DVDs continue to cannibalize CDs

OK, my last rant for the year about the music industry

Yesterday, we discussed the attempts to wring more dollars out of smaller numbers of music buyers. Today’s rave looks at a new fallacy gaining traction: Decreasing CD sales can be supplemented with increasing music DVD sales.

That gets it exactly backwards; its increasing DVD sales which are c ontributing to decreasing CD sales. Consider this bass ackwards NYT headline: “Music Labels Look to DVD’s as Sales of CD’s Decline.”

A more accurate header would have read: “Sales of CD’s Decline as DVD’s Soar.”

We considerd this previously in terms of DVD movies. Lately, we’ve been noticing DVDs as a music format (concerts/videos) is also kicking CD ass. Its not overstating it to say that DVD music sales have been slowly eating away at the entire CD format.

It’s no surprise why: at $15, the CD is a decreasingly attractive value to consumers versus the DVD. One contains 45 minutes of audio; the other 2 plus hours of audio, video, documentaries, interviews and additional content. Which provides a better bang for the increasingly tight consumer dollar?

The music biz marketing wizards need to face facts: CDs are a lousy deal. Indeed, the so-called free DVD given away with a CD purchase is a misnomer; buy the DVD — the more desired product — and it comes with a free CD.

As much as they desperately want to blame P2P, the dysfunctional Labels need realize that nearly all of the “old economy” media have been suffering a sales slow down: Newspaper readership is down big; Televised sports programs have seen their audiences slide; Film attendance is soft (revenues are up due to increasing ticket prices); Magazine sales have been lackluster; The Book Industry Study Group reported that sales dropped by 23 million units from 2002 to 2003.

Increased competition from many digital formats — internet, TiVo, DVD, video games, and digital music — are competing for scarce consumer time and money. Indeed, today’s NYT reported that a recent survey found that "use of the Internet has displaced television watching and a range of other activities. Internet users watch television for one hour and 42 minutes a day, compared with the national average of two hours."  Time is hydraulic, the study’s author noted. "Time spent on the Internet is time taken away from other activities."

Why is it that only the music industry gets to blame the P2P boogie man for its woes?


Music Labels Look to DVD’s as Sales of CD’s Decline
Robert Levine
NYT, December 27, 2004

Is Hollywood to blame for the music industry’s woes?
Meredith Amdur
Variety, March 31, 2004

Internet Use Said to Cut Into TV Viewing and Socializing
John Markoff
NYT December 30, 2004

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What's been said:

Discussions found on the web:
  1. shiva commented on Dec 31

    A problem remains, however, in that the music recorded on a DVD is in an MPEG format, meaning it’s good, but not as good as as the AAIF format used on CDs.

    Once DVDs improve the quality of their sound, there will be no reason to buy a CD.

  2. kevin rose dot com commented on Jan 2

    DVDs continue to cannibalize CDs

    Link: The Big Picture: DVDs continue to cannibalize CDs.

  3. kevin rose dot com commented on Mar 21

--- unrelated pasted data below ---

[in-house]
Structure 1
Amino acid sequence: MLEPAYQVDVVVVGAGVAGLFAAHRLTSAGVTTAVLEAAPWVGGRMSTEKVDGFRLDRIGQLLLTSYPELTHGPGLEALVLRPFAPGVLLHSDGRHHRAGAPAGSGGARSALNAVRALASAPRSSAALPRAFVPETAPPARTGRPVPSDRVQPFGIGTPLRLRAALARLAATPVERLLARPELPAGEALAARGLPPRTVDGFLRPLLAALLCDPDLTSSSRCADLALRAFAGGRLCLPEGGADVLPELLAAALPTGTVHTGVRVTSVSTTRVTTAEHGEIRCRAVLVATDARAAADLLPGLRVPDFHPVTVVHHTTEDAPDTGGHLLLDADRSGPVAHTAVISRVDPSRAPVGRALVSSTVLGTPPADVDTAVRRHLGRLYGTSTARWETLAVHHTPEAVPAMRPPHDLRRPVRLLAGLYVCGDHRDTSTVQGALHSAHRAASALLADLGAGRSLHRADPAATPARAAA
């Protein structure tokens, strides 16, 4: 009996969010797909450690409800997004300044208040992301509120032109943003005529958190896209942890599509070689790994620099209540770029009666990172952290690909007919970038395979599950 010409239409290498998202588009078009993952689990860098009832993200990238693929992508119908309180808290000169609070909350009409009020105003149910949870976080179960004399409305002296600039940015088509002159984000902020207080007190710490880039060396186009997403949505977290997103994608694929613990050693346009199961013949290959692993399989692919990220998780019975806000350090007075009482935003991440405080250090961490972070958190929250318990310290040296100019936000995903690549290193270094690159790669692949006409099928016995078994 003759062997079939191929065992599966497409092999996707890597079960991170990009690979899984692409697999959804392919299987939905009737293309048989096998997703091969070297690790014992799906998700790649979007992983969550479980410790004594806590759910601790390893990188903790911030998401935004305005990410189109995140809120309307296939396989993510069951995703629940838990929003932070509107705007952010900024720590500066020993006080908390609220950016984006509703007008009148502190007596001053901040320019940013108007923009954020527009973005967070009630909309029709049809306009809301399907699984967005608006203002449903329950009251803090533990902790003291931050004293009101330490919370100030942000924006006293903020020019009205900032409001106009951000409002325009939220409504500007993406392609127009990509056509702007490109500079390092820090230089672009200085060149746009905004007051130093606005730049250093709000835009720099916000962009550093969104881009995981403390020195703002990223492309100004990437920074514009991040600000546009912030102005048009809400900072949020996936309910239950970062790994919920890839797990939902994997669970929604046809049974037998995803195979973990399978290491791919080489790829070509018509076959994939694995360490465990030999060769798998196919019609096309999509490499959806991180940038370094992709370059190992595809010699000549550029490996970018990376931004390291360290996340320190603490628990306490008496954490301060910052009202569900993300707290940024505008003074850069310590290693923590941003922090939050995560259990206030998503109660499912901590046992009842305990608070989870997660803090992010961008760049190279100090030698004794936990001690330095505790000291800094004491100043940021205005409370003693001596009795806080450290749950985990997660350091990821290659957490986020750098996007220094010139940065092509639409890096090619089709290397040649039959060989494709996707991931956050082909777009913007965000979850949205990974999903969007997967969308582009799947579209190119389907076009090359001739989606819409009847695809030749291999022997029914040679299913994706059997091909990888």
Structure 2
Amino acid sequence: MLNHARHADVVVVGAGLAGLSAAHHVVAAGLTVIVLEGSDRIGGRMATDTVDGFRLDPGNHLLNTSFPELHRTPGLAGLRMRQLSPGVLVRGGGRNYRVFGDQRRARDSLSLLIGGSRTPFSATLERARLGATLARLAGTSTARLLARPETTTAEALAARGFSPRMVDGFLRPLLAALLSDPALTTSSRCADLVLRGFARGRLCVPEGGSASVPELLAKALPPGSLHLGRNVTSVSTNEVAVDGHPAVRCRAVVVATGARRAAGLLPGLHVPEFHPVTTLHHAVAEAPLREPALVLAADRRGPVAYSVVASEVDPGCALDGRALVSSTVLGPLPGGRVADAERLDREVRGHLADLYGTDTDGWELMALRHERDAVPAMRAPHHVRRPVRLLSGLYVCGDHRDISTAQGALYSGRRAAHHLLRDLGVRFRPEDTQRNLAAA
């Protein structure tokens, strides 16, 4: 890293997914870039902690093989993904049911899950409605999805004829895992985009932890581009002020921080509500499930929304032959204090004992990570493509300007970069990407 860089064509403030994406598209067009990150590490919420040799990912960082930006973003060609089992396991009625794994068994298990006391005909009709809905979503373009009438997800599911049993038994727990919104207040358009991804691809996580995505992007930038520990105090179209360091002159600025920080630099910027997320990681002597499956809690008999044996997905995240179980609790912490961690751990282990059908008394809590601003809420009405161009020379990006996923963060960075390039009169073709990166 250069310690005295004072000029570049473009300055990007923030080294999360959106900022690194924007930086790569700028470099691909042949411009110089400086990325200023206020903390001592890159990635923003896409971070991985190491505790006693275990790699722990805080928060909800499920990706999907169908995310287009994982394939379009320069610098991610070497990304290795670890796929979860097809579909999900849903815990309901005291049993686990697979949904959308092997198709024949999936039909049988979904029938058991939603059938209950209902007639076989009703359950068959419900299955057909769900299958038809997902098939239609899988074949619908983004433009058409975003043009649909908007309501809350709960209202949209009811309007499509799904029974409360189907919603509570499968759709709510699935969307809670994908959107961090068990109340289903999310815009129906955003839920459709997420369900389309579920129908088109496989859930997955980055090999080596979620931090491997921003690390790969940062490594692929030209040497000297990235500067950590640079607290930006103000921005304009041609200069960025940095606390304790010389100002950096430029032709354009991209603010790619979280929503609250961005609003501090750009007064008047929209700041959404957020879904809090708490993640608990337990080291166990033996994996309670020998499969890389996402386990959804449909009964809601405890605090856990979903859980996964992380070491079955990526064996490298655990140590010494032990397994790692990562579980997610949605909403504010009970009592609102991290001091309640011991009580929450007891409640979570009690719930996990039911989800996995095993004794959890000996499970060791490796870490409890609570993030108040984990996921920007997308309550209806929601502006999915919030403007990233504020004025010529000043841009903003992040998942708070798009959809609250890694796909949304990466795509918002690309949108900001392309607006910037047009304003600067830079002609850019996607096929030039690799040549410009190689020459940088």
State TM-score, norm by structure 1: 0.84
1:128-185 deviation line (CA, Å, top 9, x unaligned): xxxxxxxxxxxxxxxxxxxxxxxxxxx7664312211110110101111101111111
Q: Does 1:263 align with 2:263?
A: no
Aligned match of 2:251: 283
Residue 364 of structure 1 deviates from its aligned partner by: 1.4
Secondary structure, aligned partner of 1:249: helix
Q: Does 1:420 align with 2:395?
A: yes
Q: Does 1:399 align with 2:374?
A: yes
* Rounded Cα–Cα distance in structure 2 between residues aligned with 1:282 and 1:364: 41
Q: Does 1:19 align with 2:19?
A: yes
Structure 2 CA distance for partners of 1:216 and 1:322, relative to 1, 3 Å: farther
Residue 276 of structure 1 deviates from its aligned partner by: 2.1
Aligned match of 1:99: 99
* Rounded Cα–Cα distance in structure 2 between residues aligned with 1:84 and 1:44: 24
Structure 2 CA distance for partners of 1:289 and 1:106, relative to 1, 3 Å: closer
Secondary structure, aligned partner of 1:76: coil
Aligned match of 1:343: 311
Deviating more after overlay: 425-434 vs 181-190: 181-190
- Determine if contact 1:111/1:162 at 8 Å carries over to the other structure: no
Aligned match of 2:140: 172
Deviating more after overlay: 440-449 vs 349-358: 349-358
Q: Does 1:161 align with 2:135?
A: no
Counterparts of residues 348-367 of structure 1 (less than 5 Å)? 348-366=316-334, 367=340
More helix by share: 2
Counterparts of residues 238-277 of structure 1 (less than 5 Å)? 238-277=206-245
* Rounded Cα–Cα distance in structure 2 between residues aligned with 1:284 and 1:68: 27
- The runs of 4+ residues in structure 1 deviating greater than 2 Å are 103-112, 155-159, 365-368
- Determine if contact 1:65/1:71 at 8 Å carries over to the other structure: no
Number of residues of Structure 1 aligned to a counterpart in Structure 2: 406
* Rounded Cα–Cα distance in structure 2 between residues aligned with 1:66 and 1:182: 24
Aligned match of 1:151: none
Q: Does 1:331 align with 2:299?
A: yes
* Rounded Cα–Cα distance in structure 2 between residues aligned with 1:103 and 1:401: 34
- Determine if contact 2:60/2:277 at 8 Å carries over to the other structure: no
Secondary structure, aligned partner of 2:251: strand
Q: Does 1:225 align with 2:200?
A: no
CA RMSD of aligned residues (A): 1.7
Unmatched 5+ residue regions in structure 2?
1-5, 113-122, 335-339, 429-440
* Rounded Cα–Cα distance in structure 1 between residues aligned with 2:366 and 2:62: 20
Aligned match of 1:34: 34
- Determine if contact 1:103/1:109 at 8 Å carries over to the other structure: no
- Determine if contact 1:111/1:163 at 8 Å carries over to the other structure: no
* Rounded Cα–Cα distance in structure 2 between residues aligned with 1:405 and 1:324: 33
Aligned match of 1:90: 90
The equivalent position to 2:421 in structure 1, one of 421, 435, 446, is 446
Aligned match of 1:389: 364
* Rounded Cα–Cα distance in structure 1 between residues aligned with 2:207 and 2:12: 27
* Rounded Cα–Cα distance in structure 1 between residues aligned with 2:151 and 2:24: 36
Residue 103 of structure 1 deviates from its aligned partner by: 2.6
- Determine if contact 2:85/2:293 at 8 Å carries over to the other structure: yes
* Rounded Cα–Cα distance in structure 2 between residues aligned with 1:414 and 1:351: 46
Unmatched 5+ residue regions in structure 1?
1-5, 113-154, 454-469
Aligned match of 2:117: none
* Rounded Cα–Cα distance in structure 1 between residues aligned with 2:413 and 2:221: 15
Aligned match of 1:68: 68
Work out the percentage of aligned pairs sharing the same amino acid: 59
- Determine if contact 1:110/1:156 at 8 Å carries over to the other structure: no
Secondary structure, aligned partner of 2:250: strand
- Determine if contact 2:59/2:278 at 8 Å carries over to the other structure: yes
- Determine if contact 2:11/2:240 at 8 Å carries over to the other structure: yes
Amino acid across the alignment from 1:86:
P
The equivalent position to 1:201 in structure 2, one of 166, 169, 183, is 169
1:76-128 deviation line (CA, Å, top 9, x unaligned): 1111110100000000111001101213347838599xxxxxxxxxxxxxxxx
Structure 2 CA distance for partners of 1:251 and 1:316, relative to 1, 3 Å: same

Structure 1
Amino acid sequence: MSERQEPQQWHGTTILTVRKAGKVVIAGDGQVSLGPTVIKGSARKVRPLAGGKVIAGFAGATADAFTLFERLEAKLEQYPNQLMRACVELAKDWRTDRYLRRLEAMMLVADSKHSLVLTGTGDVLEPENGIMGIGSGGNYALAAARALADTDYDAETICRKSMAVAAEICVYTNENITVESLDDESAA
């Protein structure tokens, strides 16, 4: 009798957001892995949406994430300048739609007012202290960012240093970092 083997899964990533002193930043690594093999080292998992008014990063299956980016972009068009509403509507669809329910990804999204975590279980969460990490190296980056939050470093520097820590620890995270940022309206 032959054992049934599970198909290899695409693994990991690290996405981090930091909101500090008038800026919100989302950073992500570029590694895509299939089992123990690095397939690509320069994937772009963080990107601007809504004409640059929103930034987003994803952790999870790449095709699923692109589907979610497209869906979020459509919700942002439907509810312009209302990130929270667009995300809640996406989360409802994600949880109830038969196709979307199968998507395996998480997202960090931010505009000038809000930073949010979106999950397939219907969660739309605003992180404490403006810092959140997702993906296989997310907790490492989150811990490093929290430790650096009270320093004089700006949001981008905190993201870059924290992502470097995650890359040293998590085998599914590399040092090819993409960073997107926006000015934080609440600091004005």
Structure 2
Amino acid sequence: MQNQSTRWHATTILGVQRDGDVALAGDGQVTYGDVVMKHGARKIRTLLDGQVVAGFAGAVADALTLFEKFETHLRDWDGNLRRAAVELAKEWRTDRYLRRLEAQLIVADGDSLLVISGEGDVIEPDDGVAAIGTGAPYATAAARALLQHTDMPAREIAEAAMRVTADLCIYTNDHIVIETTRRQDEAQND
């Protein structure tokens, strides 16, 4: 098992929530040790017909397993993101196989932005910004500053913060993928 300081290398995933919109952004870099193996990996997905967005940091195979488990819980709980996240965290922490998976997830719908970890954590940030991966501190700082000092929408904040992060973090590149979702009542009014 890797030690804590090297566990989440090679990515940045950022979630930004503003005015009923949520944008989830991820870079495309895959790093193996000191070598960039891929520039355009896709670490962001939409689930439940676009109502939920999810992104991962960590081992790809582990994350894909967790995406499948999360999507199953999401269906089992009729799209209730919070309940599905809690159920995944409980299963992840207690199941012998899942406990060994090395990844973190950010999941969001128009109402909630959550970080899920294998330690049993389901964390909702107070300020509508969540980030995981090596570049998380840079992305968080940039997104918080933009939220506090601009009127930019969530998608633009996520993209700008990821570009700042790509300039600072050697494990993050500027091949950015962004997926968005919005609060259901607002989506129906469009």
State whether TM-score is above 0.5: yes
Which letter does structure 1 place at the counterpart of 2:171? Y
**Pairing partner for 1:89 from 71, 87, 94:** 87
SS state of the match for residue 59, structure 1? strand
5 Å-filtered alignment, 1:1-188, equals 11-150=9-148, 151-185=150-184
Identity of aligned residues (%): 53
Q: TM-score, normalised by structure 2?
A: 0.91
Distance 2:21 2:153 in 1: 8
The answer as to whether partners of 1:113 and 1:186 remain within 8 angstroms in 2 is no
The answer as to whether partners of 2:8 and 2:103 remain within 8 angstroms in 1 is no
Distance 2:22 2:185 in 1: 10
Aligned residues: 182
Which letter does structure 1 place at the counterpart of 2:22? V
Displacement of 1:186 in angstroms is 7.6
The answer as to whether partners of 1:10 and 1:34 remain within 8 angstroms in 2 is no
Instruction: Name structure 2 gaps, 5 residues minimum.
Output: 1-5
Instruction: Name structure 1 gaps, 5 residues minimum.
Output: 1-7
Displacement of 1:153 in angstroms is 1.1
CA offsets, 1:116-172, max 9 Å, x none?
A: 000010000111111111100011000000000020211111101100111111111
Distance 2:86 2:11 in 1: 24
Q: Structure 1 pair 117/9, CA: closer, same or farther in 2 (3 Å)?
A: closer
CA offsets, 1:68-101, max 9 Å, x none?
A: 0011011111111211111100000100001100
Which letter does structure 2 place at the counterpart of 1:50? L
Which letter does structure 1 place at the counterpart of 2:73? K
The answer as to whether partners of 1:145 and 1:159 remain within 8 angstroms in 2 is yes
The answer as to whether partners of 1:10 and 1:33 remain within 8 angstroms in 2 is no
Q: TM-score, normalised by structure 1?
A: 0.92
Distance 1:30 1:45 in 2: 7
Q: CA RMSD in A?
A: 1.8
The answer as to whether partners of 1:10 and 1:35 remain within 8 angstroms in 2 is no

DVDs continue to cannibalize CDs

    Link: The Big Picture: DVDs continue to cannibalize CDs.

  4. kevin rose dot com commented on Mar 21

    DVDs continue to cannibalize CDs

    Link: The Big Picture: DVDs continue to cannibalize CDs.

  5. steve commented on Aug 12

    I can’t understand how a music store such as Sam Goody could still be in buisness,The price of there CDs are outrageous!I once belonged to BMG music and I used to get CDs far cheaper than Sam Goody or even Best Buy,Circuit City or even Walmart.Thanks to itunes and other online music download sites I can pay and download the songs I want without buying the whole album.I predict by the year 2012 the compact disc will be extinct just like the LP vinyl record became obsolete by 1990.

  6. NotThatMo commented on Dec 29

    I used to buy a lot of soundtrack CDs. But I buy maybe 5-10% of the old amount now. Why? It just hurts to buy a soundtrack for $18, when the DVD of the movie will cost $20-25.

  7. Barry Ritholtz commented on Dec 29

    and yet, the music industry hasn’t figured that out yet . . .

  8. ice weasel commented on Dec 29

    Well, there is no question that is another industry that has done more to insult and offend their customer base than the music industry.

    I think you make many excellent points. Cds are a horrible “value” when considering how to spend today’s entertainment dollar and everything the labels have done in the last ten years has only served to add insult to that injury.

    Add to this, an industry with perhaps the least amount of marketable talent than ever before, a disintegrating promotional structure and mamagement so concerned with collecting their next bonus that they’ll sink a label into insolvency to do it, and well, you have what you today.

    Though it was an industry that long payed my rent and one I truly believed in as a positive thing (well, music at least being a positive thing) now I only long for the death of this parasitic group of greedheads. Hopefully, whatever replaces it, whether it’s Steve Jobs or someone else, will have the brains to manage it a bit better than the people now in charge are doing.

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